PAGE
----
World Cup Fever is Global in the U.S.

If you’ve seen a few more flags or heard cheers in your neighborhood for other countries around the world participating in World Cup 2014, don’t be surprised. With 13 percent of the U.S. population born in another country, it’s easy to find excited fans cheering on almost every team participating in this global competition that happens only once every four years. We created a map that connects each of the 31 non-U.S. countries participating in World Cup 2014 with a U.S. city where you’re likely to find residents who were born in that country. For example, there are a number of people who were born in Belgium but currently live in Santa Barbara, so it’s likely there will be some lively banter going on there during today’s match between the U.S. and Belgium. On the map, we’ve grayed out countries that are no longer participating as of June 30 and we’ll update through the end of the competition.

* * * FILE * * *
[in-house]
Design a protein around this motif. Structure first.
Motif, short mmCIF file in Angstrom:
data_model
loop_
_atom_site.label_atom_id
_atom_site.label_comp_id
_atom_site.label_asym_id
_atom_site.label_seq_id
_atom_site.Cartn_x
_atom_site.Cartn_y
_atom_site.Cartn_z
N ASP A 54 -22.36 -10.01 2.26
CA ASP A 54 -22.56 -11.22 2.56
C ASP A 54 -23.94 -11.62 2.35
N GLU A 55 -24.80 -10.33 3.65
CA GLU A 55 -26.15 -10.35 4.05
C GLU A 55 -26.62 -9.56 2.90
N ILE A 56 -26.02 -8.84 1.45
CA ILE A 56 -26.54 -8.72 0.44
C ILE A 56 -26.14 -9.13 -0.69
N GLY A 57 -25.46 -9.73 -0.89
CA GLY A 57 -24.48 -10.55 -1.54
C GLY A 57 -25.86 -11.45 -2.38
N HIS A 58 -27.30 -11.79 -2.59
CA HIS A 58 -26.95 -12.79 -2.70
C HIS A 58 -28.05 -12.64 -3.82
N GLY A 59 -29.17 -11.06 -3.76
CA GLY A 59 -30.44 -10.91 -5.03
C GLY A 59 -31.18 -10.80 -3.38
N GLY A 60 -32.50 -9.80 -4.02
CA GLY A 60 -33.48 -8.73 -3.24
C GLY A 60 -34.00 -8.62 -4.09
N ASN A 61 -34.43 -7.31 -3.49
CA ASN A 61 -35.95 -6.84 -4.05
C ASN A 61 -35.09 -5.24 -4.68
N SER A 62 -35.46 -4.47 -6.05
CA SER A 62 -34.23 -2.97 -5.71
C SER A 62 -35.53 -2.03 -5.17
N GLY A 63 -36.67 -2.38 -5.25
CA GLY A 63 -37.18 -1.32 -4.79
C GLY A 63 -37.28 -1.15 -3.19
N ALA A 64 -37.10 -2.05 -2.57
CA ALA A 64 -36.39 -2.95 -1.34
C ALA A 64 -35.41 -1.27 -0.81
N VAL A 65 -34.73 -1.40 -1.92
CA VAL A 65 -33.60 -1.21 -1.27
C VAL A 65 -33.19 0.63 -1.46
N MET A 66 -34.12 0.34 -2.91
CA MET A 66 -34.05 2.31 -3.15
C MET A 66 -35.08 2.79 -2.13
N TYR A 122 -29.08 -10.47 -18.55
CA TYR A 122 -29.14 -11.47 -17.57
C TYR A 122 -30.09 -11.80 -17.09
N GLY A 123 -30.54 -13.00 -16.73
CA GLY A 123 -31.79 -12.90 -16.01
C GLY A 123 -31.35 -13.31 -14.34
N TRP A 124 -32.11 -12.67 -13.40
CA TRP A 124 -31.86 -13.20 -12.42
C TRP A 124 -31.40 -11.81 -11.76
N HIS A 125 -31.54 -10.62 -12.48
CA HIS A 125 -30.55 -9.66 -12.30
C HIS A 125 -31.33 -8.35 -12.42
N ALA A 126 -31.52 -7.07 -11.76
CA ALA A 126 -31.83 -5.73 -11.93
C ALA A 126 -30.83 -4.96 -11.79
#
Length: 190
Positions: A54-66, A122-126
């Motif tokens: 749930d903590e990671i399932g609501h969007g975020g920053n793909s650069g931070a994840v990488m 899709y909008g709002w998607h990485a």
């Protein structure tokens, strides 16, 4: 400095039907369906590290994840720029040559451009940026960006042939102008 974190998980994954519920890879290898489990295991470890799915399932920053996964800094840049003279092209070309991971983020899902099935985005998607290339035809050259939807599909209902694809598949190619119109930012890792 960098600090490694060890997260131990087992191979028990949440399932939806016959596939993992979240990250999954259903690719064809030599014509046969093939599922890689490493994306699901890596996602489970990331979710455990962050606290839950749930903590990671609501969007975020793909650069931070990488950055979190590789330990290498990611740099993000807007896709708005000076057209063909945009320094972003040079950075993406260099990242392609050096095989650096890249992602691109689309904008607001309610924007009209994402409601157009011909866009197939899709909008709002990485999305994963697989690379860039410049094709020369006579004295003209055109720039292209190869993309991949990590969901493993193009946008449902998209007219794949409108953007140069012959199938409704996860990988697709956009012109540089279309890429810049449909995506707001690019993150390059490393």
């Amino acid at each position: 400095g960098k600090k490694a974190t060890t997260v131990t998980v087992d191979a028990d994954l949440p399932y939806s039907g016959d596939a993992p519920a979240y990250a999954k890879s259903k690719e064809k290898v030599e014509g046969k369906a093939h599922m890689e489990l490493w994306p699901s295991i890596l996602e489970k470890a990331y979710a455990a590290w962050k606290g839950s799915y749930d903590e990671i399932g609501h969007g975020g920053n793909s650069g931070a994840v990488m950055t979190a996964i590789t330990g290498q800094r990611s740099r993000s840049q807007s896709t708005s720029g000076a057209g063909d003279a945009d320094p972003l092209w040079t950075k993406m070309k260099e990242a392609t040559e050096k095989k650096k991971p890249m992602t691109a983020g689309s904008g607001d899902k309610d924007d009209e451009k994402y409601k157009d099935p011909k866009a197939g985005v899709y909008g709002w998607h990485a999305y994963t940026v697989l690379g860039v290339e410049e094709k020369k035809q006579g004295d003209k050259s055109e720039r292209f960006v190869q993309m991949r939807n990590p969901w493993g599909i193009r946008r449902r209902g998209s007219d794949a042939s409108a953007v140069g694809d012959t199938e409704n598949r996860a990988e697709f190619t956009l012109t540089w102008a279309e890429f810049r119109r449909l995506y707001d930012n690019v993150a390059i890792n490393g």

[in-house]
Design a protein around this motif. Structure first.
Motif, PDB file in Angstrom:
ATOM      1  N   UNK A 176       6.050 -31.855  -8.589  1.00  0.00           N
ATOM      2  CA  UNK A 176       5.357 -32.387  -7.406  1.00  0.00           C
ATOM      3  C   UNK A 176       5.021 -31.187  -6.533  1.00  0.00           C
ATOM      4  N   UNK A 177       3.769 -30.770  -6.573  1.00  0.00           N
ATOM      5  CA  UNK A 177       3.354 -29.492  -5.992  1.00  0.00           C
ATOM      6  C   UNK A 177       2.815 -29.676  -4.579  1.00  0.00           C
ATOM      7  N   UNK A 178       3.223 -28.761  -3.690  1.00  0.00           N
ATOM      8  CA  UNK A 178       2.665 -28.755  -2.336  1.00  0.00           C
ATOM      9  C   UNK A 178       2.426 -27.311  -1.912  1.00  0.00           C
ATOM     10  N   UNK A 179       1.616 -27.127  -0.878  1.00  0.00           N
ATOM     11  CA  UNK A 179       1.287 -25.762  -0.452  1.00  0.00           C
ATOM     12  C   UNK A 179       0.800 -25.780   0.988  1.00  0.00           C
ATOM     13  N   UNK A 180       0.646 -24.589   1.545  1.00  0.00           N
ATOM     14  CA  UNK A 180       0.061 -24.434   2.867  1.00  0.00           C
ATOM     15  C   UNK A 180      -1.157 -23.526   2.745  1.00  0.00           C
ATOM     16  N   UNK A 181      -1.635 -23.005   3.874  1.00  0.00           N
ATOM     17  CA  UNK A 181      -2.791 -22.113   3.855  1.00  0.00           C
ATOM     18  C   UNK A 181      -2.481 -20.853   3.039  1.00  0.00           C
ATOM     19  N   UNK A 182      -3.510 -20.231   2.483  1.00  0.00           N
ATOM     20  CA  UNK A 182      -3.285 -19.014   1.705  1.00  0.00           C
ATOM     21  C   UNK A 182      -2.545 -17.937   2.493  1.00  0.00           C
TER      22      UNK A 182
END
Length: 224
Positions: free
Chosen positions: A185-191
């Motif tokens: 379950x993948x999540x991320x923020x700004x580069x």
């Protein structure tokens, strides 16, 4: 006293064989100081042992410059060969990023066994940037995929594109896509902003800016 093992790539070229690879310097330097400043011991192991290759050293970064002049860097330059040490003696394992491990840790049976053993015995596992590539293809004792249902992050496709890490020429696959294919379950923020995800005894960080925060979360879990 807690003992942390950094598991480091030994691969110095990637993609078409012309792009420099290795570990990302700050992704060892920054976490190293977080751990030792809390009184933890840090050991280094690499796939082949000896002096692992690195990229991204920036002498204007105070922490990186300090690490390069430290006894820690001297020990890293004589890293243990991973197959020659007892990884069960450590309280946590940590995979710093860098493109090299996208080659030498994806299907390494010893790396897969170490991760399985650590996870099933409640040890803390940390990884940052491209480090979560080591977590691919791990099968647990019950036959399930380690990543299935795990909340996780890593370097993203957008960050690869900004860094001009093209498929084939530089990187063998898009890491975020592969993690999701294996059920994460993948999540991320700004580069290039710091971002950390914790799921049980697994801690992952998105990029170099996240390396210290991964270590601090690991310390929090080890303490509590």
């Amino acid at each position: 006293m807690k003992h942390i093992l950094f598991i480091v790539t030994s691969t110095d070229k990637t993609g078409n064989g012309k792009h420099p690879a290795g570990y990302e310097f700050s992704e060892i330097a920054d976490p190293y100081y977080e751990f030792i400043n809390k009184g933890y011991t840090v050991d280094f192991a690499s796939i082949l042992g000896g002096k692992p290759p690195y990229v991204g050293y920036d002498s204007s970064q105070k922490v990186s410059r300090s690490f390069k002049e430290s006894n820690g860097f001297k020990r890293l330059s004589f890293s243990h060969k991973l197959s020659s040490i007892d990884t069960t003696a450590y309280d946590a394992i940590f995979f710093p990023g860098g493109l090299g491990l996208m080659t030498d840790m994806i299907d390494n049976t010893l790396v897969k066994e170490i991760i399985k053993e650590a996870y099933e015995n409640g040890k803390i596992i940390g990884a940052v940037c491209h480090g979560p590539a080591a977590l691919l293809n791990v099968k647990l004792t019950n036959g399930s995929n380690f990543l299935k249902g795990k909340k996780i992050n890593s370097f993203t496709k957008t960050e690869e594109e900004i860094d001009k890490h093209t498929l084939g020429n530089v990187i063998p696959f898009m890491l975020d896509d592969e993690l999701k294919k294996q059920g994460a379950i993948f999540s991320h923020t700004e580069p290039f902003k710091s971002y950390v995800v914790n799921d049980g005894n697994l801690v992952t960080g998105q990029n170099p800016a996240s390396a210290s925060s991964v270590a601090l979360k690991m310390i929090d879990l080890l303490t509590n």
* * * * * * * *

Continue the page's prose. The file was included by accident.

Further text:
How did we do it?

We started with U.S. Census data for foreign-born residents across all metro areas in 2012, then narrowed it down to metro areas with at least 200,000 total residents and at least 100 residents born in the World Cup country. For this illustration, each city could only rank for one country. (Otherwise, we’d see clusters of countries in cities such as New York, D.C. and Miami, which have large populations of foreign-born citizens.) For example, once Miami ranked for Colombia, it was not able to rank for any other countries, even though the city also has a lot of residents who were born in Argentina and Uruguay.

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